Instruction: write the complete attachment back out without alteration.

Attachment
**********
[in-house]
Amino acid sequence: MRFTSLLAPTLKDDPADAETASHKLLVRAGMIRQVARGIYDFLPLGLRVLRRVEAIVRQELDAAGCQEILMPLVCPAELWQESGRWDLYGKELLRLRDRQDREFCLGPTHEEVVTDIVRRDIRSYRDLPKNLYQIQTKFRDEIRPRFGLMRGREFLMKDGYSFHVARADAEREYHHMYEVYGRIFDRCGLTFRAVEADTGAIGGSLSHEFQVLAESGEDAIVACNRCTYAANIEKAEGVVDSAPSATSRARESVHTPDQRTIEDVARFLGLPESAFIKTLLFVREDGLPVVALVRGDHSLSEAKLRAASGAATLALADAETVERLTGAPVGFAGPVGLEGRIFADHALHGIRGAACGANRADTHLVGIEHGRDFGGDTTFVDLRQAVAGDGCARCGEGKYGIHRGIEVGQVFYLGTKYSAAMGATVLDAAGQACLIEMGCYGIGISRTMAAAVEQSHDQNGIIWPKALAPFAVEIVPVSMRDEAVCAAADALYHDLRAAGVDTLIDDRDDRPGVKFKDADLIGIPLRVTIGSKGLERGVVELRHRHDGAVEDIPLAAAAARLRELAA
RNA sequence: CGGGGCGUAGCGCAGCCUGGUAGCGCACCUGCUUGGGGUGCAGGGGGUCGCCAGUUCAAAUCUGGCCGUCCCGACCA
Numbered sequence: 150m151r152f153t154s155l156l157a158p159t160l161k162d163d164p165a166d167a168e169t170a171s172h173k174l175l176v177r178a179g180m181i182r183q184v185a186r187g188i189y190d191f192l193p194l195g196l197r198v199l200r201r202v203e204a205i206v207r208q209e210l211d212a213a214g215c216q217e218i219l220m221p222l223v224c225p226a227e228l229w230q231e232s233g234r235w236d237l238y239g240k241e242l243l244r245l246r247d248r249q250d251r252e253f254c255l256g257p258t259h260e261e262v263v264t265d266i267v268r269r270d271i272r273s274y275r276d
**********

[in-house]
Amino acid sequence: MRFTSLLAPTLKDDPADAETASHKLLVRAGMIRQVARGIYDFLPLGLRVLRRVEAIVRQELDAAGCQEILMPLVCPAELWQESGRWDLYGKELLRLRDRQDREFCLGPTHEEVVTDIVRRDIRSYRDLPKNLYQIQTKFRDEIRPRFGLMRGREFLMKDGYSFHVARADAEREYHHMYEVYGRIFDRCGLTFRAVEADTGAIGGSLSHEFQVLAESGEDAIVACNRCTYAANIEKAEGVVDSAPSATSRARESVHTPDQRTIEDVARFLGLPESAFIKTLLFVREDGLPVVALVRGDHSLSEAKLRAASGAATLALADAETVERLTGAPVGFAGPVGLEGRIFADHALHGIRGAACGANRADTHLVGIEHGRDFGGDTTFVDLRQAVAGDGCARCGEGKYGIHRGIEVGQVFYLGTKYSAAMGATVLDAAGQACLIEMGCYGIGISRTMAAAVEQSHDQNGIIWPKALAPFAVEIVPVSMRDEAVCAAADALYHDLRAAGVDTLIDDRDDRPGVKFKDADLIGIPLRVTIGSKGLERGVVELRHRHDGAVEDIPLAAAAARLRELAA
RNA sequence: CGGGGCGUAGCGCAGCCUGGUAGCGCACCUGCUUGGGGUGCAGGGGGUCGCCAGUUCAAAUCUGGCCGUCCCGACCA
Numbered sequence: 150m151r152f153t154s155l156l157a158p159t160l161k162d163d164p165a166d167a168e169t170a171s172h173k174l175l176v177r178a179g180m181i182r183q184v185a186r187g188i189y190d191f192l193p194l195g196l197r198v199l200r201r202v203e204a205i206v207r208q209e210l211d212a213a214g215c216q217e218i219l220m221p222l223v224c225p226a227e228l229w230q231e232s233g234r235w236d237l238y239g240k241e242l243l244r245l246r247d248r249q250d251r252e253f254c255l256g257p258t259h260e261e262v263v264t265d266i267v268r269r270d271i272r273s274y275r276d